TOPEKA — Fluid on the lungs, a difficult pregnancy and excessive heat were being blamed Friday for the death of a female giraffe and her unborn calf that had been under medical care the past week at the Topeka Zoo.
The adult giraffe, named B.G., and her unborn calf were found dead in their outdoor exhibit early Friday at the zoo, officials said.
Following a necropsy on Friday morning, B.G.' s cause of death was being attributed to pulmonary edema, a condition which caused fluid to gather on the lungs and other parts of the giraffe's body.
Also contributing to the giraffe's death was her otherwise healthy fetus, which was in the breech position. Zoo interim veterinarian Joe Kamer said there was no way the calf would have been able to be born in that position.
The unborn calf's size and position also were putting pressure on its mother's diaphragm and blood vessels, contributing to her medical problems, he said.
This week's hot weather, with four consecutive days of 100 degree-plus temperatures, may have contributed to stress the giraffe was experiencing, Kamer said.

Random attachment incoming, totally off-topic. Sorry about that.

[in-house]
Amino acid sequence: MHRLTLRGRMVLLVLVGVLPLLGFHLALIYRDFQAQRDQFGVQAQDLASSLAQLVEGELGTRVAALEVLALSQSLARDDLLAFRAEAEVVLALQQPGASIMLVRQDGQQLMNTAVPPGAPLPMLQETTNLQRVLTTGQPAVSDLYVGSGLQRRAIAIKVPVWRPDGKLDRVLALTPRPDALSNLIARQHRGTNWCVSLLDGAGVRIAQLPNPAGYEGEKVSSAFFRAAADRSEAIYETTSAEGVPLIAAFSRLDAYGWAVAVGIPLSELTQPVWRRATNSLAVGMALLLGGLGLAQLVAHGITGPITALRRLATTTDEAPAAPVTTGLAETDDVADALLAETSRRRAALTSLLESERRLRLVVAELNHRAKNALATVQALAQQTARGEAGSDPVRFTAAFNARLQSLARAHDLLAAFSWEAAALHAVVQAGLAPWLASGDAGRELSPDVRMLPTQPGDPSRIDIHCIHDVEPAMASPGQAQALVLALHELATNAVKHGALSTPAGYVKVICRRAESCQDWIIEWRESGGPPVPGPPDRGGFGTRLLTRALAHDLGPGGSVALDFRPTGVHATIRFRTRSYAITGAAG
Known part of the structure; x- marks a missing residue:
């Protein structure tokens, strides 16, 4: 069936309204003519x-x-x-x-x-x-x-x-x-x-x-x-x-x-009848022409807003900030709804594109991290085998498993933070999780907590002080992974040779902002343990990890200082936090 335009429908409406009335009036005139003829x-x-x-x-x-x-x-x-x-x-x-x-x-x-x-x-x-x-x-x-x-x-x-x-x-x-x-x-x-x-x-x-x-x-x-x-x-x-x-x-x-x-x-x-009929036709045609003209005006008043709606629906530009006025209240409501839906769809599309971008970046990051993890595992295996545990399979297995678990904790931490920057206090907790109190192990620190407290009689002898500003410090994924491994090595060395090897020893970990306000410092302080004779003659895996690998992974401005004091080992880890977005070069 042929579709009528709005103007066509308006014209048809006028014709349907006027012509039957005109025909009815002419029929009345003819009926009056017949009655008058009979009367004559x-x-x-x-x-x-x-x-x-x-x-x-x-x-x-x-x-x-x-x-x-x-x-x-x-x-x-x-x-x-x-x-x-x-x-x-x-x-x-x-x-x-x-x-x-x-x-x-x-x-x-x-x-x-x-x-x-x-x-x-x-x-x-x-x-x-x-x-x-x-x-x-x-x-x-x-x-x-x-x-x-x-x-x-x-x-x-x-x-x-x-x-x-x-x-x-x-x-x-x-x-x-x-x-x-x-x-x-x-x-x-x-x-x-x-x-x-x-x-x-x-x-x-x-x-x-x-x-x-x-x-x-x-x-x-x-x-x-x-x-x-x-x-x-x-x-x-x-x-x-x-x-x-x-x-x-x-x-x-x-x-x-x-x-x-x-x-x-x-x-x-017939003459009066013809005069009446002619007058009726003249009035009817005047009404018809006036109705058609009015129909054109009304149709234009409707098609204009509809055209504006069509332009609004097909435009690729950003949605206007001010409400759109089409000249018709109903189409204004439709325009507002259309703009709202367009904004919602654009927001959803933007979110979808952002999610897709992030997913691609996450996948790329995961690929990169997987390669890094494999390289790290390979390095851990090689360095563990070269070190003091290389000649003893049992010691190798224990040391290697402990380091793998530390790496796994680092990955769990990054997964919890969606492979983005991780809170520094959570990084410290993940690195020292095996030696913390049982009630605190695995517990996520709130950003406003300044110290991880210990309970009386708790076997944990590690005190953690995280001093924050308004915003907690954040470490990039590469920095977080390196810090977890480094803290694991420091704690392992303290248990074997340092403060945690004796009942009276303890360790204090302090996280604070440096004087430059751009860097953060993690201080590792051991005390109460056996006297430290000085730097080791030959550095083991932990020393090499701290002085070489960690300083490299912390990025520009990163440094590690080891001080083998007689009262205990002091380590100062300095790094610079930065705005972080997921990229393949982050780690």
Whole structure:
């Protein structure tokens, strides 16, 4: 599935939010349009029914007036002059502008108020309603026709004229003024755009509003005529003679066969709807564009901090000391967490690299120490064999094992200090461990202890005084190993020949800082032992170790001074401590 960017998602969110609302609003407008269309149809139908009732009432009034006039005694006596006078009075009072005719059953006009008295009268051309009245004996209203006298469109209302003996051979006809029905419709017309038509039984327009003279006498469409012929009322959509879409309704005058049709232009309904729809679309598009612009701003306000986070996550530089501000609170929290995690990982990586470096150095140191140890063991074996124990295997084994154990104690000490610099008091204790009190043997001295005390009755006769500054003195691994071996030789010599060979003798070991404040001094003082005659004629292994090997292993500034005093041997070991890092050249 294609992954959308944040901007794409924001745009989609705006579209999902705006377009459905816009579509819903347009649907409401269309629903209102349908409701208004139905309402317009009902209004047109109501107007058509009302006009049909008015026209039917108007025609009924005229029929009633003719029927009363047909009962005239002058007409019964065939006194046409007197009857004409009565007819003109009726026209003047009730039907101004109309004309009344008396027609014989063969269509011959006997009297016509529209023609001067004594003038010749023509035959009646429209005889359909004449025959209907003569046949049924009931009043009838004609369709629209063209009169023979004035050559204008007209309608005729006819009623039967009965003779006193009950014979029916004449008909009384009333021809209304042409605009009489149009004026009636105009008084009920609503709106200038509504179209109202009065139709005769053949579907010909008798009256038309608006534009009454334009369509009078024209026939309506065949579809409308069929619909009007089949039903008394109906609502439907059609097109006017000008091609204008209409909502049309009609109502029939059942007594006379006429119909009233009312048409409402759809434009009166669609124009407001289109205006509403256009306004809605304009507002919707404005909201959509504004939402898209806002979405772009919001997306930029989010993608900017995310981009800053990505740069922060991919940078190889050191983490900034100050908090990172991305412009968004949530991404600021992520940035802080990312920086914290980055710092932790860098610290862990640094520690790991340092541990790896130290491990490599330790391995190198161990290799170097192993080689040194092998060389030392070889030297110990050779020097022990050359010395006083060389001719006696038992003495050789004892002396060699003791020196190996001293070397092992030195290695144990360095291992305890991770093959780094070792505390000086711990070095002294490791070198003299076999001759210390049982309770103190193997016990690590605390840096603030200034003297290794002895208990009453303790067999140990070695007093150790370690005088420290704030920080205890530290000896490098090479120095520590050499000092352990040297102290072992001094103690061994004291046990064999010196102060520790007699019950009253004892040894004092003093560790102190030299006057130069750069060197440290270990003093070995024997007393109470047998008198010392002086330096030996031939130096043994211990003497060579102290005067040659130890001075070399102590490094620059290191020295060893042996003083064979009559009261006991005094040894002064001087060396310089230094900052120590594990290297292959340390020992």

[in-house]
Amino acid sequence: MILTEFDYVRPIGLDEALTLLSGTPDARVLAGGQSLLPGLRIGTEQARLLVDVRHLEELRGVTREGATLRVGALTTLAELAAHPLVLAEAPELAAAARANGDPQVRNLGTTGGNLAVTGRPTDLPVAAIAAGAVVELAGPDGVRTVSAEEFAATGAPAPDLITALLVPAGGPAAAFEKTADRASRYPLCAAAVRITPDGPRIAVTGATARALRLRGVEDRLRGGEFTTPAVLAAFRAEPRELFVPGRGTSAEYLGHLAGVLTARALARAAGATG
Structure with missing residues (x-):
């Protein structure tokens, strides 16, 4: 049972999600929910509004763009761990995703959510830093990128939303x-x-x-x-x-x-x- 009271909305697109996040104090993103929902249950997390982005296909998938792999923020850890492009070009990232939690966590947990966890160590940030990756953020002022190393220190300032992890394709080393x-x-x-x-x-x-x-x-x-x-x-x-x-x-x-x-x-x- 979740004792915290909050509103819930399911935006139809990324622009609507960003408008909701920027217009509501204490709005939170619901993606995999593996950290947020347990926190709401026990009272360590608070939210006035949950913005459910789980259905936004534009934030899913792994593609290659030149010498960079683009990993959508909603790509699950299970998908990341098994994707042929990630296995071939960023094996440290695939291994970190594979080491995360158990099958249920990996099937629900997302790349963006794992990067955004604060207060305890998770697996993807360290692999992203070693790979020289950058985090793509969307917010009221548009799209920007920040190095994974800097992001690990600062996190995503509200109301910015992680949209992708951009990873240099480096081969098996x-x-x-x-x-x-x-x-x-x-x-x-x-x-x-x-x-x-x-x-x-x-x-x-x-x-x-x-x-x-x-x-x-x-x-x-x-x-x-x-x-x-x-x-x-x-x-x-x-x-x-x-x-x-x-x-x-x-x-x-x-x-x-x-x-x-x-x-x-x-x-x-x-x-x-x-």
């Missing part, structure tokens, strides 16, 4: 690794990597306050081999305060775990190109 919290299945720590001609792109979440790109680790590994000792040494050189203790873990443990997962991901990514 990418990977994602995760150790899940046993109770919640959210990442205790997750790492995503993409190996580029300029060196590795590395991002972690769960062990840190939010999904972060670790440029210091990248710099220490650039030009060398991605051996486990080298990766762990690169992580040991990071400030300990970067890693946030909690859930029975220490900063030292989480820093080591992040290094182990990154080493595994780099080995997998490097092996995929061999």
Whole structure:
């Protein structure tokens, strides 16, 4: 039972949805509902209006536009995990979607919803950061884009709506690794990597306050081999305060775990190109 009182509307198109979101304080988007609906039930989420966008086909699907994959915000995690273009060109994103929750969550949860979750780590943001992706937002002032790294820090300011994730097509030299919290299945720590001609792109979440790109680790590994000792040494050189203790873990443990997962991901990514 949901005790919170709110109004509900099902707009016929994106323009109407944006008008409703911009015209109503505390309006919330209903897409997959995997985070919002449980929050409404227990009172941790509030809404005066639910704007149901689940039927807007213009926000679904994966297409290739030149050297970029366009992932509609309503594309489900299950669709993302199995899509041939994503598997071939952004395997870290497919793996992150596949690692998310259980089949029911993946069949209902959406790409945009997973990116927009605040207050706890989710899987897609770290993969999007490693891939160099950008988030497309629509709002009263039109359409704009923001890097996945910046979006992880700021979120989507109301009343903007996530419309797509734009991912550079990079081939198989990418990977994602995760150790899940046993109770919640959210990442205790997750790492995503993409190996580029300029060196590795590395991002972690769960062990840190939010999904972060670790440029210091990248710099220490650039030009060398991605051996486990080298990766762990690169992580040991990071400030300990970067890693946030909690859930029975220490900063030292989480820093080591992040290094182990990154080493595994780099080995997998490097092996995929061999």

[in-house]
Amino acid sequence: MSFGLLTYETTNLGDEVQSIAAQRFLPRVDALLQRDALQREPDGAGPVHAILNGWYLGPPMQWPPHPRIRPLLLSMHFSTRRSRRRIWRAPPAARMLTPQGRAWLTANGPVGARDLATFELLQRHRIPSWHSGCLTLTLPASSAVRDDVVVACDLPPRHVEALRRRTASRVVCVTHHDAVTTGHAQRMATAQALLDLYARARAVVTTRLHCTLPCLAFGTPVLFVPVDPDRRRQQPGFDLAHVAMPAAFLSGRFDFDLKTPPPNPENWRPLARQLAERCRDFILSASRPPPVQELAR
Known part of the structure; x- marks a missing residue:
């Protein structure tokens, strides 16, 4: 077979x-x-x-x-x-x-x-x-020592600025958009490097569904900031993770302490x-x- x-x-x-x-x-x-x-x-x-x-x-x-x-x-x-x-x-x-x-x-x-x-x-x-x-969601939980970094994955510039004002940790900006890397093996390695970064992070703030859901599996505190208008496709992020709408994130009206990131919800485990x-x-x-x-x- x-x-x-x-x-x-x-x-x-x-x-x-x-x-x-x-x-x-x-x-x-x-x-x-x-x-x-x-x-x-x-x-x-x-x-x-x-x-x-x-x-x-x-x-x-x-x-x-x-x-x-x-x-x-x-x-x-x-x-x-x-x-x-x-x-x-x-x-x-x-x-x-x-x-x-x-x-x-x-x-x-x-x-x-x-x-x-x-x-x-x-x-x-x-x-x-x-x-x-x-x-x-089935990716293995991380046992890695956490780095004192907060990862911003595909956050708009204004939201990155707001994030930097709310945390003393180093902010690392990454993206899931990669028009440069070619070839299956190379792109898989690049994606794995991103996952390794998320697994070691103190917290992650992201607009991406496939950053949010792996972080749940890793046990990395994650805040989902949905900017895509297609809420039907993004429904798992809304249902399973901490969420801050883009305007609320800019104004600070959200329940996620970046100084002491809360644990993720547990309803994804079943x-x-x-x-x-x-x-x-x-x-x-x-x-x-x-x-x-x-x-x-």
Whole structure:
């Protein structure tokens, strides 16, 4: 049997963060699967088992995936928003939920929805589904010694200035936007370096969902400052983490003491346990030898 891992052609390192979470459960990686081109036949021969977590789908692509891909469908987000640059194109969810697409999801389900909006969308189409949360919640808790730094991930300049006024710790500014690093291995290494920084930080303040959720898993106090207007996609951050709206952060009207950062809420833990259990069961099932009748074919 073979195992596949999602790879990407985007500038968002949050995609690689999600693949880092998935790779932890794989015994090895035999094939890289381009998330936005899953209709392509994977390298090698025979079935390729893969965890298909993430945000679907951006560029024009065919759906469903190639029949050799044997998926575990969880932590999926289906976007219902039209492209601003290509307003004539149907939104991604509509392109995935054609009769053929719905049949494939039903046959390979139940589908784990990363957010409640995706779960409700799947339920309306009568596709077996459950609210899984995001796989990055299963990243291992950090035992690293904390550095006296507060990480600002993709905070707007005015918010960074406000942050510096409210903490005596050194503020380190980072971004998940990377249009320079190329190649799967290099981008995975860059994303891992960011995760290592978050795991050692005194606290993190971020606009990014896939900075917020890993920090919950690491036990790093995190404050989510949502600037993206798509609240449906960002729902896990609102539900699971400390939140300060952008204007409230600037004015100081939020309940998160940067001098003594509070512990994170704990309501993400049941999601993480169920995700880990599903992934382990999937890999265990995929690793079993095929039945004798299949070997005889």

Despite efforts this week to induce labor, Kamer said, "no labor had ever started. The baby had never tried to deliver."
B.G., a shortened version of the giraffe's full name of Bug Eyes, had been receiving intensive medical care over the past few days and Kamer said he was planning to continue treatment on Friday.
"You always want to make sure you are doing everything you can," Kamer said, "and we did."
B.G. had been under medical care for the past week after showing signs of stress. Zoo officials noticed about two weeks ago that B.G. was in the early stages of giving birth.
Concerns were heightened this week when B.G.' s ears and neck started to droop.
"We had been closely monitoring her the past couple of weeks," zoo director Brendan Wiley said. "Earlier this week, we saw things turning for the worse."
Late Tuesday night, he said, zoo veterinarians had to make a choice: whether to focus on the health of the unborn calf or the health of B.G.
At that point, Wiley said, the decision was made to focus on B.G., under the assumption that if she died, there was no guarantee of the healthy delivery of the calf.
Performing a Cesarean-section wasn't an option, based on B.G.' s condition, the largeness of the calf and the nature of the surgery, he said.
Efforts were made to induce labor on Tuesday and Wednesday. Zoo officials said the longer B.G. went without giving birth, the more concern there was for her health.
B.G. had been on a 24-hour watch for several days before zoo officials decided to pull back on Thursday night.
Wiley said zoo veterinarians and staff members "tried to do what we could to make her comfortable" and opted to give B.G. some solitude late Thursday night, in hopes that would enhance her chances to give birth.
Wiley said giraffes normally give birth in zoos when they are left alone: "Typically, when a giraffe is born, you come in and find it in the morning."